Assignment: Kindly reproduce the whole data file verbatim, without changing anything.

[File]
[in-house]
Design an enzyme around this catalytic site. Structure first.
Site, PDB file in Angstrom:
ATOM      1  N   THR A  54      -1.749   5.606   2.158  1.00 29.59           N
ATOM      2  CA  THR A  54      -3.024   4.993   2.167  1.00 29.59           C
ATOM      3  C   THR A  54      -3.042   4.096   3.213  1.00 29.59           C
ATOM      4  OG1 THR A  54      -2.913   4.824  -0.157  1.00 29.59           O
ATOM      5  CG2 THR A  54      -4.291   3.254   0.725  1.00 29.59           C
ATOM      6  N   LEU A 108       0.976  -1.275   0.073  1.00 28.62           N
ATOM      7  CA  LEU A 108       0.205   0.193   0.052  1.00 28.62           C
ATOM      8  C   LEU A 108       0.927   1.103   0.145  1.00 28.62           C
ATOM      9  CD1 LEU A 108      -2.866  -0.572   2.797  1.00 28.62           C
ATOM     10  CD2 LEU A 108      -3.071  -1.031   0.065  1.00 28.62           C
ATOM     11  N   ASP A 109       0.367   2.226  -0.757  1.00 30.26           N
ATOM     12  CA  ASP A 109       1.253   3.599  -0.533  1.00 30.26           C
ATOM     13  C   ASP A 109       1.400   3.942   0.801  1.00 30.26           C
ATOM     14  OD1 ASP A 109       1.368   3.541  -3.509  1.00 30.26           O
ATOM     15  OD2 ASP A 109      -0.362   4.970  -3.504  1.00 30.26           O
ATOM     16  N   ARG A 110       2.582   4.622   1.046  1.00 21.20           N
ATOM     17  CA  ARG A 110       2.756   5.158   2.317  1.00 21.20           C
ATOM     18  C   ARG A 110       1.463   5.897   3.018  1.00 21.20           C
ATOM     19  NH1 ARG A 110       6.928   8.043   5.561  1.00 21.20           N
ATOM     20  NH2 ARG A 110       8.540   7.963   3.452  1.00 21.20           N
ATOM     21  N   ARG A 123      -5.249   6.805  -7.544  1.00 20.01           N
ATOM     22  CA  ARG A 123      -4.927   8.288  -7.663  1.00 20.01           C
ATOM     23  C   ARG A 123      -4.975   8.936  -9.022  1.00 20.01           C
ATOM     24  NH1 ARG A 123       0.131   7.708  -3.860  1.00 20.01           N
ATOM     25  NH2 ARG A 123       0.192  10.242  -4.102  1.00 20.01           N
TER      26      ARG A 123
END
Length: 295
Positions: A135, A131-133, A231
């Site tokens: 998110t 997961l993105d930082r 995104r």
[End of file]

[in-house]
Design an enzyme around this catalytic site. Structure first.
Site, PDB file in Angstrom:
ATOM      1  N   THR A  54      -1.749   5.606   2.158  1.00 29.59           N
ATOM      2  CA  THR A  54      -3.024   4.993   2.167  1.00 29.59           C
ATOM      3  C   THR A  54      -3.042   4.096   3.213  1.00 29.59           C
ATOM      4  OG1 THR A  54      -2.913   4.824  -0.157  1.00 29.59           O
ATOM      5  CG2 THR A  54      -4.291   3.254   0.725  1.00 29.59           C
ATOM      6  N   LEU A 108       0.976  -1.275   0.073  1.00 28.62           N
ATOM      7  CA  LEU A 108       0.205   0.193   0.052  1.00 28.62           C
ATOM      8  C   LEU A 108       0.927   1.103   0.145  1.00 28.62           C
ATOM      9  CD1 LEU A 108      -2.866  -0.572   2.797  1.00 28.62           C
ATOM     10  CD2 LEU A 108      -3.071  -1.031   0.065  1.00 28.62           C
ATOM     11  N   ASP A 109       0.367   2.226  -0.757  1.00 30.26           N
ATOM     12  CA  ASP A 109       1.253   3.599  -0.533  1.00 30.26           C
ATOM     13  C   ASP A 109       1.400   3.942   0.801  1.00 30.26           C
ATOM     14  OD1 ASP A 109       1.368   3.541  -3.509  1.00 30.26           O
ATOM     15  OD2 ASP A 109      -0.362   4.970  -3.504  1.00 30.26           O
ATOM     16  N   ARG A 110       2.582   4.622   1.046  1.00 21.20           N
ATOM     17  CA  ARG A 110       2.756   5.158   2.317  1.00 21.20           C
ATOM     18  C   ARG A 110       1.463   5.897   3.018  1.00 21.20           C
ATOM     19  NH1 ARG A 110       6.928   8.043   5.561  1.00 21.20           N
ATOM     20  NH2 ARG A 110       8.540   7.963   3.452  1.00 21.20           N
ATOM     21  N   ARG A 123      -5.249   6.805  -7.544  1.00 20.01           N
ATOM     22  CA  ARG A 123      -4.927   8.288  -7.663  1.00 20.01           C
ATOM     23  C   ARG A 123      -4.975   8.936  -9.022  1.00 20.01           C
ATOM     24  NH1 ARG A 123       0.131   7.708  -3.860  1.00 20.01           N
ATOM     25  NH2 ARG A 123       0.192  10.242  -4.102  1.00 20.01           N
TER      26      ARG A 123
END
Length: 295
Positions: A135, A131-133, A231
């Site tokens: 998110t 997961l993105d930082r 995104r």